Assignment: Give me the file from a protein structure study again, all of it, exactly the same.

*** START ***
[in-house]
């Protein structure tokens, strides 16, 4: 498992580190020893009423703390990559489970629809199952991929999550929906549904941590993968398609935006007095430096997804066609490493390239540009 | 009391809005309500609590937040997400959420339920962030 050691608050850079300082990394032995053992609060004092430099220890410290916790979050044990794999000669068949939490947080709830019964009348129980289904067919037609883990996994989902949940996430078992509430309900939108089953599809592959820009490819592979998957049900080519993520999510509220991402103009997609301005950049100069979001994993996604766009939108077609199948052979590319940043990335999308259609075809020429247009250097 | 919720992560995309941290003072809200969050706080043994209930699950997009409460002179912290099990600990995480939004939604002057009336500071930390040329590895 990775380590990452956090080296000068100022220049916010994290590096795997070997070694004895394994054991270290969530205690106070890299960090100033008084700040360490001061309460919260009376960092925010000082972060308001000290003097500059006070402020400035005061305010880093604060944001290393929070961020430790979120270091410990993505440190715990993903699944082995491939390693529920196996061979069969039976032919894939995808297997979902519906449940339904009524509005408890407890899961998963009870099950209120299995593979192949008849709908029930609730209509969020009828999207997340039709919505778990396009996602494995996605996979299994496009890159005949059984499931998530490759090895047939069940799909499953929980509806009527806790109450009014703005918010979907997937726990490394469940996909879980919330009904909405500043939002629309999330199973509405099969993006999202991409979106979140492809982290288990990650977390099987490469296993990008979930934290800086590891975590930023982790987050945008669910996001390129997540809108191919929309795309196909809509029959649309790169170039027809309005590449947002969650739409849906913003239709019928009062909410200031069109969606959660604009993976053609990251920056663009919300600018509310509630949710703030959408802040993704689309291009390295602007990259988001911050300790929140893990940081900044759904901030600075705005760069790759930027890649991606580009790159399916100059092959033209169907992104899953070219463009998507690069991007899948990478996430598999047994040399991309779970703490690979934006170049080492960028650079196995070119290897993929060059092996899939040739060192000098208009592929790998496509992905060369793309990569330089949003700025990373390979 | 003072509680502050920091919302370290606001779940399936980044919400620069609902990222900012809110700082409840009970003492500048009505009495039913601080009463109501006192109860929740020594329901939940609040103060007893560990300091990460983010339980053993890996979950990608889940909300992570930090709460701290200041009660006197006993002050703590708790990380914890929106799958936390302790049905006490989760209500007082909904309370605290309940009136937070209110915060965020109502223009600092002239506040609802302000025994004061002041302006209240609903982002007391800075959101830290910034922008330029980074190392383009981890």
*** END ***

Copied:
[in-house]
């Protein structure tokens, strides 16, 4: 498992580190020893009423703390990559489970629809199952991929999550929906549904941590993968398609935006007095430096997804066609490493390239540009 | 009391809005309500609590937040997400959420339920962030 050691608050850079300082990394032995053992609060004092430099220890410290916790979050044990794999000669068949939490947080709830019964009348129980289904067919037609883990996994989902949940996430078992509430309900939108089953599809592959820009490819592979998957049900080519993520999510509220991402103009997609301005950049100069979001994993996604766009939108077609199948052979590319940043990335999308259609075809020429247009250097 | 919720992560995309941290003072809200969050706080043994209930699950997009409460002179912290099990600990995480939004939604002057009336500071930390040329590895 990775380590990452956090080296000068100022220049916010994290590096795997070997070694004895394994054991270290969530205690106070890299960090100033008084700040360490001061309460919260009376960092925010000082972060308001000290003097500059006070402020400035005061305010880093604060944001290393929070961020430790979120270091410990993505440190715990993903699944082995491939390693529920196996061979069969039976032919894939995808297997979902519906449940339904009524509005408890407890899961998963009870099950209120299995593979192949008849709908029930609730209509969020009828999207997340039709919505778990396009996602494995996605996979299994496009890159005949059984499931998530490759090895047939069940799909499953929980509806009527806790109450009014703005918010979907997937726990490394469940996909879980919330009904909405500043939002629309999330199973509405099969993006999202991409979106979140492809982290288990990650977390099987490469296993990008979930934290800086590891975590930023982790987050945008669910996001390129997540809108191919929309795309196909809509029959649309790169170039027809309005590449947002969650739409849906913003239709019928009062909410200031069109969606959660604009993976053609990251920056663009919300600018509310509630949710703030959408802040993704689309291009390295602007990259988001911050300790929140893990940081900044759904901030600075705005760069790759930027890649991606580009790159399916100059092959033209169907992104899953070219463009998507690069991007899948990478996430598999047994040399991309779970703490690979934006170049080492960028650079196995070119290897993929060059092996899939040739060192000098208009592929790998496509992905060369793309990569330089949003700025990373390979 | 003072509680502050920091919302370290606001779940399936980044919400620069609902990222900012809110700082409840009970003492500048009505009495039913601080009463109501006192109860929740020594329901939940609040103060007893560990300091990460983010339980053993890996979950990608889940909300992570930090709460701290200041009660006197006993002050703590708790990380914890929106799958936390302790049905006490989760209500007082909904309370605290309940009136937070209110915060965020109502223009600092002239506040609802302000025994004061002041302006209240609903982002007391800075959101830290910034922008330029980074190392383009981890």